Gates move lifts hopes for Spanish builders

Microsoft co-founder bets on construction; Investment in FCC sees its shares rise sharply

Bill Gates: José Manuel Soria, Spain’s industry minister, told Spanish radio yesterday that the Gates’ investment demonstrated that the country’s economy now generated “greater confidence and credibility”

Bill Gates: José Manuel Soria, Spain’s industry minister, told Spanish radio yesterday that the Gates’ investment demonstrated that the country’s economy now generated “greater confidence and credibility”

 


Microsoft co-founder Bill Gates has made a big bet on the recovery of Spain’s construction sector by becoming the second-largest shareholder in FCC, a Spanish builder hit hard by the collapse of a decade-long property bubble five years ago.

Shares in FCC, whose main shareholder is the heiress and philanthropist Esther Koplowitz, rose almost 10 per cent yesterday to €17.20 after the company said it had sold 6 per cent of its treasury shares to funds connected to Mr Gates for €113.5 million.

Spain’s government was quick to link the investment with rising confidence in the country’s economy, with Madrid having recently raised its growth forecasts for next year in an expected exit from recession.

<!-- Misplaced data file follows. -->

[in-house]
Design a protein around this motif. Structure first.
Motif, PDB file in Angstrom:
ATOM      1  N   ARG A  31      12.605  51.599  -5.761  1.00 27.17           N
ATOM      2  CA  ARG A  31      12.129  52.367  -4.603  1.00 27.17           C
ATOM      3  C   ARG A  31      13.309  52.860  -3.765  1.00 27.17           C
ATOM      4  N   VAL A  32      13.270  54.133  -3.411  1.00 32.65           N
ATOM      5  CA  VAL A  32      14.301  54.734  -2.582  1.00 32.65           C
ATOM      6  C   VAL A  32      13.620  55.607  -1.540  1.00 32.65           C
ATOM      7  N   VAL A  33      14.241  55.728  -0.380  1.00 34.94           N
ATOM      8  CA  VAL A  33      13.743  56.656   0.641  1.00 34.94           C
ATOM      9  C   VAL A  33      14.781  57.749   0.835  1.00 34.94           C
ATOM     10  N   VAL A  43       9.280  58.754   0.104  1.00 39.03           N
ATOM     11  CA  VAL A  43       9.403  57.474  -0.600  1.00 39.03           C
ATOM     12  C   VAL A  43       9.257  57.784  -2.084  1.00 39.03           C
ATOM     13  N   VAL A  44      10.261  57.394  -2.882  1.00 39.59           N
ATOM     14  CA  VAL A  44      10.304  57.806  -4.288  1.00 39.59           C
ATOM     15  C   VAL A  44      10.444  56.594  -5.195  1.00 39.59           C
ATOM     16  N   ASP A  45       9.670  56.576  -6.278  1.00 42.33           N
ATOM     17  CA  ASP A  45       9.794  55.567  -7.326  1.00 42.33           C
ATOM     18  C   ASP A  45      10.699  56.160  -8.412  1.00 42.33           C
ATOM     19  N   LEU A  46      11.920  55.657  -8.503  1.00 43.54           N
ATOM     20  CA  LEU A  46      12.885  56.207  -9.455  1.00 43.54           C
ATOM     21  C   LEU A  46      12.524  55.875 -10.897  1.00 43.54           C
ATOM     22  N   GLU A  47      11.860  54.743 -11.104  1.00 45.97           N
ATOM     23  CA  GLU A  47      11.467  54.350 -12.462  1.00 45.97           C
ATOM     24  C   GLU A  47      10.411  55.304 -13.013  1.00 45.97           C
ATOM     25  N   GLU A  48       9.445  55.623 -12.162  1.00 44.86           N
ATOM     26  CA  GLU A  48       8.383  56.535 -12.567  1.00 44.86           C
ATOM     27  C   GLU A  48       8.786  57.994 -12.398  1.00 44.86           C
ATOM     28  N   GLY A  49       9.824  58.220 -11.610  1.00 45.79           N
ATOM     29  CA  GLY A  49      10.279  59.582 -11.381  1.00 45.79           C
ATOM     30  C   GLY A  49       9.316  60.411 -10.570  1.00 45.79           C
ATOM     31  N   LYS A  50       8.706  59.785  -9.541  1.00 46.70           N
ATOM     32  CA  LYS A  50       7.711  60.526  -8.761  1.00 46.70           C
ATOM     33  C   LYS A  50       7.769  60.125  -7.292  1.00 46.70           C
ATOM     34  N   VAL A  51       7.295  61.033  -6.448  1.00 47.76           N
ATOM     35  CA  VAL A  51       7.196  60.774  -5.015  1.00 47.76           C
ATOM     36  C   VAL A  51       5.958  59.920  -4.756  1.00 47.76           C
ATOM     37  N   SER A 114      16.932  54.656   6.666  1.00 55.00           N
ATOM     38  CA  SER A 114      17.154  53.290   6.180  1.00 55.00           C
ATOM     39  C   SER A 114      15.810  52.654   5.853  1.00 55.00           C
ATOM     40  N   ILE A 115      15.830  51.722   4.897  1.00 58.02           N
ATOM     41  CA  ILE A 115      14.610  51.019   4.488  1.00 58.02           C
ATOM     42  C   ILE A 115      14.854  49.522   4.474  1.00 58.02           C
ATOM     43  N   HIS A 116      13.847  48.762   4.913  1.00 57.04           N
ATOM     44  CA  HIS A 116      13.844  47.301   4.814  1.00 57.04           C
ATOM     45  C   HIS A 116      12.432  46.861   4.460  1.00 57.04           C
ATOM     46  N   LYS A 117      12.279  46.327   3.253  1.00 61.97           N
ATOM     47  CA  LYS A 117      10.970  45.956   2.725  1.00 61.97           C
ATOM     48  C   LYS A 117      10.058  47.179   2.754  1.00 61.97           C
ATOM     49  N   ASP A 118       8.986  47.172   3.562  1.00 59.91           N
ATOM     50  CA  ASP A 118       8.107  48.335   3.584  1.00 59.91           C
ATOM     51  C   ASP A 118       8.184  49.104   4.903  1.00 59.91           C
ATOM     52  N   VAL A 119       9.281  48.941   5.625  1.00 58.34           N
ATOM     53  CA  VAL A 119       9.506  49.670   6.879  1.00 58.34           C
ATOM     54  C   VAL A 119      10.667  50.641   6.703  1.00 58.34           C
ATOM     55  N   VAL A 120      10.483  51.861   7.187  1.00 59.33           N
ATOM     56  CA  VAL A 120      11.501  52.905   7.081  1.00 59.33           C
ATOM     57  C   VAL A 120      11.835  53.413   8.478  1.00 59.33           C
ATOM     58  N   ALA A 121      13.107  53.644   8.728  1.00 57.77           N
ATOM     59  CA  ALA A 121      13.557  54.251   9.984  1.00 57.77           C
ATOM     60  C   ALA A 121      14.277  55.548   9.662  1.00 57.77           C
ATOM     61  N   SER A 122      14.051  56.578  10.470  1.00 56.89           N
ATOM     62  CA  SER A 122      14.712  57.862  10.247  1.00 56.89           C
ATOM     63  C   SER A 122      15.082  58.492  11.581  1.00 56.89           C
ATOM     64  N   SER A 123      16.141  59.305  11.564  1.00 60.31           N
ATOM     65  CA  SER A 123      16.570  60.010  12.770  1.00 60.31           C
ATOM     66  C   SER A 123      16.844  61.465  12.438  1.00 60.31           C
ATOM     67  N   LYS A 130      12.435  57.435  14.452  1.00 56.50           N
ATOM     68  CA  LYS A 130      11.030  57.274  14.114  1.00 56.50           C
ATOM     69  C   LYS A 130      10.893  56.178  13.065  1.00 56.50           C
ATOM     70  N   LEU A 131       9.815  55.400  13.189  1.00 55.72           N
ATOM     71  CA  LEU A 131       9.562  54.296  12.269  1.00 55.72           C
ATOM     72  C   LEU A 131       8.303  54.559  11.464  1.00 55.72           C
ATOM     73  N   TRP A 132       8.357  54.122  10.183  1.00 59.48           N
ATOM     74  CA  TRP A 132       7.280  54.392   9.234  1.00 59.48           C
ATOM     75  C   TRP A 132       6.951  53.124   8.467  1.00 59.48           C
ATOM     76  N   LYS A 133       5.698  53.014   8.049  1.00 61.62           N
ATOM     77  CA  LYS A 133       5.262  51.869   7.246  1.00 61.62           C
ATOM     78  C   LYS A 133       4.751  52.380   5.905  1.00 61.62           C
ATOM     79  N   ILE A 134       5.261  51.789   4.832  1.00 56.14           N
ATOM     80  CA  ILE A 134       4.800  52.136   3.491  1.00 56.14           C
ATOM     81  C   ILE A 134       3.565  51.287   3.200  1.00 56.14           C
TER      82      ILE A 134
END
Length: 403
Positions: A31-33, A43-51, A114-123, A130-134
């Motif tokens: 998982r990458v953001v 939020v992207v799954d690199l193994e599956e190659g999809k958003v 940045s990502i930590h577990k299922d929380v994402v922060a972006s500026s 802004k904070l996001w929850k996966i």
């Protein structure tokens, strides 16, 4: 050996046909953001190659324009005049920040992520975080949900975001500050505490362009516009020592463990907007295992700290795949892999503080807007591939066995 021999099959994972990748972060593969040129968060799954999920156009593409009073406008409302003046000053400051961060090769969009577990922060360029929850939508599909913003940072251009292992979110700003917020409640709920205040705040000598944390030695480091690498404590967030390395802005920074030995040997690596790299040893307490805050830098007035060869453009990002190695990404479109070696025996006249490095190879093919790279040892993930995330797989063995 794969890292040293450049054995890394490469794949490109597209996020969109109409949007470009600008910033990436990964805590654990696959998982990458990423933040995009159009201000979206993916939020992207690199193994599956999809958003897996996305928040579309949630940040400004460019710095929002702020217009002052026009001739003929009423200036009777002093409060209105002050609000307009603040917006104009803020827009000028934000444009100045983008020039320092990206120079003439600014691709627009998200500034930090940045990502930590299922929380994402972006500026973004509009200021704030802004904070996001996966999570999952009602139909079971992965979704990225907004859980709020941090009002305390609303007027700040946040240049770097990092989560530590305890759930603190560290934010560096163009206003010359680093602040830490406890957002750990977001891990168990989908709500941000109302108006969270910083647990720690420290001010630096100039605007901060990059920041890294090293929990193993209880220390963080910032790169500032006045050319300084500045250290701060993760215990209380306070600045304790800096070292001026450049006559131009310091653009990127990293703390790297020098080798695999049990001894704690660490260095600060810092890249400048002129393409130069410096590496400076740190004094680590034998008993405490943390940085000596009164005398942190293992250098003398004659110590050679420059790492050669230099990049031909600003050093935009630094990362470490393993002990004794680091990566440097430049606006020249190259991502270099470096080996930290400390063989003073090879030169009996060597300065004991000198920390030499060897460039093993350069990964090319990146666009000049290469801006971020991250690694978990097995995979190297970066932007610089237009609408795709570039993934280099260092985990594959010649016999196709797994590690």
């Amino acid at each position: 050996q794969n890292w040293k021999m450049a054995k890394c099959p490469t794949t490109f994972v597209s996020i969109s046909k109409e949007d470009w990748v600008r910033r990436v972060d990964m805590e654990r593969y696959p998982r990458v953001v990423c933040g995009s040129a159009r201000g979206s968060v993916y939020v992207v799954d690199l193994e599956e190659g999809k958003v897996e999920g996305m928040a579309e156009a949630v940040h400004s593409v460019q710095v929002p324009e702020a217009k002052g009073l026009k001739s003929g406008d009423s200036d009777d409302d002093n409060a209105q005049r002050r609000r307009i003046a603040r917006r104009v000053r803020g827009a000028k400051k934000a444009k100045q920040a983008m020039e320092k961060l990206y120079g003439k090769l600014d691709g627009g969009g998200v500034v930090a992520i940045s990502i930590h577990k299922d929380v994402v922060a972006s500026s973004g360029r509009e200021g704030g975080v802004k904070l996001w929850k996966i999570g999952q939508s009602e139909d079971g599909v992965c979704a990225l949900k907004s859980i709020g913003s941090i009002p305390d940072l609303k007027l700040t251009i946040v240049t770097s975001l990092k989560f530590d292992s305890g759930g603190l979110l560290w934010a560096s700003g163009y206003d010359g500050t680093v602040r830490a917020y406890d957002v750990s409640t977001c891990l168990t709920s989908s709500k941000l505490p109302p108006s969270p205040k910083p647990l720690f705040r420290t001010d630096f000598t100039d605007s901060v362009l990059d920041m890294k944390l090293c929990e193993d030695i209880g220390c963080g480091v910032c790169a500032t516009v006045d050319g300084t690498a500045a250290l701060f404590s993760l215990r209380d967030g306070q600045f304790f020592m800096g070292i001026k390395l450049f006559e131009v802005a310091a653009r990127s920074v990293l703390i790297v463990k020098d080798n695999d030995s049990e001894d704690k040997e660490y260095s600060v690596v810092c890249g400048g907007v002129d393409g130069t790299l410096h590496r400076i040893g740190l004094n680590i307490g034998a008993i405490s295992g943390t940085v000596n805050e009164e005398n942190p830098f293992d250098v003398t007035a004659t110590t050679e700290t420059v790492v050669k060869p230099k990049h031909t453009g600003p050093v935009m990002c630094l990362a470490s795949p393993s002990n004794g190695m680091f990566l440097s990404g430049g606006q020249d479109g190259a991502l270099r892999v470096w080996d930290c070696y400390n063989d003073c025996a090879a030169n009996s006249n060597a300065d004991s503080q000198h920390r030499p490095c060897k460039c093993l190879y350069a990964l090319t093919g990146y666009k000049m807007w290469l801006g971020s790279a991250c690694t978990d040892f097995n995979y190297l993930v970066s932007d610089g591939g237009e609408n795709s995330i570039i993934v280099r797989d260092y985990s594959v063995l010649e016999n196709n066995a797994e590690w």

José Manuel Soria, Spain’s industry minister, told Spanish radio yesterday that the Gates’ investment demonstrated that the country’s economy now generated “greater confidence and credibility”.

The shares were sold at €14.86 each, a discount of 4.5 per cent to Monday’s closing price of €15.56.

Mr Gates, through a spokesman, confirmed the investment but declined to comment further.

Spain’s large construction groups became symbols of their country’s crisis after expanding rapidly during a decade of cheap credit and a building boom that collapsed from 2008 onwards.

With Spain’s total spending on public works tumbling from €39.8 billion in 2008 to €7 billion last year these companies have been forced to refinance large debts and sell assets, while at the same time moving quickly to internationalise their businesses to compensate for the collapse of their domestic market.
– Copyright: The Financial Times Limited 2013